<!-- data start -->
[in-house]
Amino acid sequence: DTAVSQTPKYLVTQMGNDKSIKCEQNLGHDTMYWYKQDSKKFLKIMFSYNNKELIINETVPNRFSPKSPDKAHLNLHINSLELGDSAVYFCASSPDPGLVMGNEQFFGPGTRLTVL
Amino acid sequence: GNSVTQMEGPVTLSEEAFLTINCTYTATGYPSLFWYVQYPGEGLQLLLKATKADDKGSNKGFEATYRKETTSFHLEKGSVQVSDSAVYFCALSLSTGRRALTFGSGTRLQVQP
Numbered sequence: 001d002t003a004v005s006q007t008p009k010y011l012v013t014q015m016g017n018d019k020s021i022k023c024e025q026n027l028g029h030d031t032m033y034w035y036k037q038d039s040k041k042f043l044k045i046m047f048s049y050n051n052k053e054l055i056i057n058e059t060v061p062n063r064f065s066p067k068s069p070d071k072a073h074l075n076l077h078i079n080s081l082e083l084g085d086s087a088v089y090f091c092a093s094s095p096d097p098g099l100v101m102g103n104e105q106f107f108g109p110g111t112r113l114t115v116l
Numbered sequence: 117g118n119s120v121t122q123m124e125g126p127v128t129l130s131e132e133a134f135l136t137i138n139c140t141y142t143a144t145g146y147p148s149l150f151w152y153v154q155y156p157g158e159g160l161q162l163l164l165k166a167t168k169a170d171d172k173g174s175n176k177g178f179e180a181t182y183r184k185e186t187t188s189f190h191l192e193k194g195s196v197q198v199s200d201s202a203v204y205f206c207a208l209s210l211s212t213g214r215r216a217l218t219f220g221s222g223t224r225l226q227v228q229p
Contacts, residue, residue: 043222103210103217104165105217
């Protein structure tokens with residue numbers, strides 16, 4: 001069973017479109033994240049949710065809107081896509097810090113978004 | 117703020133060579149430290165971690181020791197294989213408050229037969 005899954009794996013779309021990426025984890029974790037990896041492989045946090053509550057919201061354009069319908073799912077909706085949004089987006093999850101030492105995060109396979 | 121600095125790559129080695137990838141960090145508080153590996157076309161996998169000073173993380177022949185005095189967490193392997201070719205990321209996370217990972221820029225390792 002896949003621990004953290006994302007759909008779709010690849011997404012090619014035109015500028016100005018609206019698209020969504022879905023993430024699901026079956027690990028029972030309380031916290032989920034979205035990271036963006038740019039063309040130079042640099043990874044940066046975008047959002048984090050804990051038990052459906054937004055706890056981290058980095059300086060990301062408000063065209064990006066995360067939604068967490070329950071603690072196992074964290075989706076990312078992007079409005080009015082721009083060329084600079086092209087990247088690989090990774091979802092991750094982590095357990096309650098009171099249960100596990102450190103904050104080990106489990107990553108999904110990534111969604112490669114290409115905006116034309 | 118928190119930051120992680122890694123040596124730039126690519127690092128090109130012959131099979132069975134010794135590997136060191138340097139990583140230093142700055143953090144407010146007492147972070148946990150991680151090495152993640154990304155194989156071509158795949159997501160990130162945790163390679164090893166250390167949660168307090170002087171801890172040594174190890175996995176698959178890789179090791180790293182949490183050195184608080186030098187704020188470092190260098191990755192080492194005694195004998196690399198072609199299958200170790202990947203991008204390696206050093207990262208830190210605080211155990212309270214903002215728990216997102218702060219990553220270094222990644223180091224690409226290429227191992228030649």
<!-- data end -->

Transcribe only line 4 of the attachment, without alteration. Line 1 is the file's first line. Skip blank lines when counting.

Numbered sequence: 001d002t003a004v005s006q007t008p009k010y011l012v013t014q015m016g017n018d019k020s021i022k023c024e025q026n027l028g029h030d031t032m033y034w035y036k037q038d039s040k041k042f043l044k045i046m047f048s049y050n051n052k053e054l055i056i057n058e059t060v061p062n063r064f065s066p067k068s069p070d071k072a073h074l075n076l077h078i079n080s081l082e083l084g085d086s087a088v089y090f091c092a093s094s095p096d097p098g099l100v101m102g103n104e105q106f107f108g109p110g111t112r113l114t115v116l